It follows Rama, a novelist who attends the trial of Laurence Coly at the Saint-Omer Criminal Court to use her story to write a modern-day adaptation of the ancient myth of Medea, but things don't go as expected.
DISTRIBUTOR: SUPER ALREADY RELEASED IN THEATRES AVAILABLE ON VIDEO ON DEMAND
Saint Omer is the latest International Feature submission from France. The incredible director Alice Diop has created one of the most thought-provoking films about motherhood and the universal feeling women share about it.
The film begins with Rama, a teacher and a writer. Her latest novel has been received extremely well and she’s now in the process of beginning her next book. She decides to head to Saint Omer to attend the trial of Laurence Coly, a young woman born in Dakar, Senegal but who has been living in Paris since she was 18.
Laurence, now a 35 year old woman, is accused of killing her 15 month daughter, Elise, by abandoning her in a beach in Berck-Sur-Mer, in Northern France. Elise drowned by the rising tide of the ocean. Laurence doesn’t dispute that she killed her daughter, but she pleads not guilty due to the facts leading up to that day on November 2015.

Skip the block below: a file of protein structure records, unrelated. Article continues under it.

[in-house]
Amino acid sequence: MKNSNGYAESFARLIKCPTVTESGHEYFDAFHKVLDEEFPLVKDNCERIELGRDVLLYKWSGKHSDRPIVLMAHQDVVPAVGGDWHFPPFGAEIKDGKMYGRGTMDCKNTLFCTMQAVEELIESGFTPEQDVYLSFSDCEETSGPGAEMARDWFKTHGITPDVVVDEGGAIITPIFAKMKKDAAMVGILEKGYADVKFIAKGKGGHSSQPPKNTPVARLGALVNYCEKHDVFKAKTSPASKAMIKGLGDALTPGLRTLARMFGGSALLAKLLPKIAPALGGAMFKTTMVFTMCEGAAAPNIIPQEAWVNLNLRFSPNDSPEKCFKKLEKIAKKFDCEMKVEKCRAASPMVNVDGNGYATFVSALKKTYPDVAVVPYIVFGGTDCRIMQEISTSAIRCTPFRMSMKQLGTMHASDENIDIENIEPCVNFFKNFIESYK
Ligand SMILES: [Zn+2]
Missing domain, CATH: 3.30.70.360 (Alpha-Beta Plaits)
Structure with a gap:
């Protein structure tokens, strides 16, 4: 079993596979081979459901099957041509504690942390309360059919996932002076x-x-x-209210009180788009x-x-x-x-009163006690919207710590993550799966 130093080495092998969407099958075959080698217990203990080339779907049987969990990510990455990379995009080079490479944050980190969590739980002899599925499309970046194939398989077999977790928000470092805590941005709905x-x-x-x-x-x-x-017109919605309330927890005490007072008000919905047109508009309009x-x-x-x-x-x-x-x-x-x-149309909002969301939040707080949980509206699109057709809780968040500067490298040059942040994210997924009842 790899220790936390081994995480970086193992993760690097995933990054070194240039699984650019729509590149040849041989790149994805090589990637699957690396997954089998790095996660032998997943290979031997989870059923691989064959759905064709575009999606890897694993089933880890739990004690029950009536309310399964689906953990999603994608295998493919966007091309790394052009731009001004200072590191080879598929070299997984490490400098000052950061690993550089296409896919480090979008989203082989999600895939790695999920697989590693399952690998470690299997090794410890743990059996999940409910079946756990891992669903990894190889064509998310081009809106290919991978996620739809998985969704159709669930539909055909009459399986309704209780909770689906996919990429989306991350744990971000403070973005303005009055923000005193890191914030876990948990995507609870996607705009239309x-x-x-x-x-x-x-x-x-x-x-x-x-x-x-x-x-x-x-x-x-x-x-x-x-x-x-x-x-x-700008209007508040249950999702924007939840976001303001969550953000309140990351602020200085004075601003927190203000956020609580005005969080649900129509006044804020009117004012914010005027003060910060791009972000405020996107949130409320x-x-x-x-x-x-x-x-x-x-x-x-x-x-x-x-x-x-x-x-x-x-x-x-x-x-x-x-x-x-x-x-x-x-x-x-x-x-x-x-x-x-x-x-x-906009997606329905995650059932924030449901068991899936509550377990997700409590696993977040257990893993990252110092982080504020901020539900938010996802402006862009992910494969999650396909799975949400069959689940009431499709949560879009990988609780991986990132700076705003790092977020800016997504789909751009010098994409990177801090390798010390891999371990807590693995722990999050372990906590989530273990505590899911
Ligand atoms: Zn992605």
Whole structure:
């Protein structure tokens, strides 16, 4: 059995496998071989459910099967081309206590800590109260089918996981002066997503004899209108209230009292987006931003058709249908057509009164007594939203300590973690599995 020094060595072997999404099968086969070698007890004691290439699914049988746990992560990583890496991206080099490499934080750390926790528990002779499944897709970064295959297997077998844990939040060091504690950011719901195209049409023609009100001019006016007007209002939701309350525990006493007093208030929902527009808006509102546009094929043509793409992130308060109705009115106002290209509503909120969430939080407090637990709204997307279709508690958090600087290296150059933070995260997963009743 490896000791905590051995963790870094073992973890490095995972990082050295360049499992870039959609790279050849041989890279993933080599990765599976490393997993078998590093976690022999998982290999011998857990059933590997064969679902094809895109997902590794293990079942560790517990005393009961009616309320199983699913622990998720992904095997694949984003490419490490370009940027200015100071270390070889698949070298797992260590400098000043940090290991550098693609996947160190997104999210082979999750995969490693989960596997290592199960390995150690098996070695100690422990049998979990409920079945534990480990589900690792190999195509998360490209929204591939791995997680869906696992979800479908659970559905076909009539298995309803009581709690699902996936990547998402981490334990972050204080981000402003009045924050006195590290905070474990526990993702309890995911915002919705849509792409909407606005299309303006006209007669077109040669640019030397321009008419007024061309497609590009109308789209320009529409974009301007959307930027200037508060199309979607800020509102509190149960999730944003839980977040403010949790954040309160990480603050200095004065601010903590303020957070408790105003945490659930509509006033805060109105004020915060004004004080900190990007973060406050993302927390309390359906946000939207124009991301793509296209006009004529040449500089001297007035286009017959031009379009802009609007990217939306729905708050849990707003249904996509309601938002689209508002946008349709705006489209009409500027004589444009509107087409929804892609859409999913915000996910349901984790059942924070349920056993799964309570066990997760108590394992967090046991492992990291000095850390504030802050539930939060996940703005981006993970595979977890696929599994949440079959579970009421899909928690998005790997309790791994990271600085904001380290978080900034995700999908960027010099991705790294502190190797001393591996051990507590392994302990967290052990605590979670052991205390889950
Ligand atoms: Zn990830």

What follows next is the trial of this woman and the telling of her life, her story, her situation, and why she did it.
Anchored by a terrific and understated performance by Guslagie Malanda, Saint Omer is a slow, detailed, intriguing film where you’re not sure where the film is headed but when you do, you begin to appreciate its full brilliance. It’s a staggering slow-build meditation on motherhood, and the fears associated with it. It’s about the instant bond that’s created between mothers and children and how they’re intertwined with one another in an inextricable manner. It’s a film dedicated to mothers. But on top of that, this film demands empathy from the audience. It is recognizing that there is more to humans that can be summed up in any investigation. After hearing all the facts of the case, no judge and no jury will fully grasp the defendant and who they are as a person. The film begins to question how little we can ever truly know anyone. Let alone ourselves.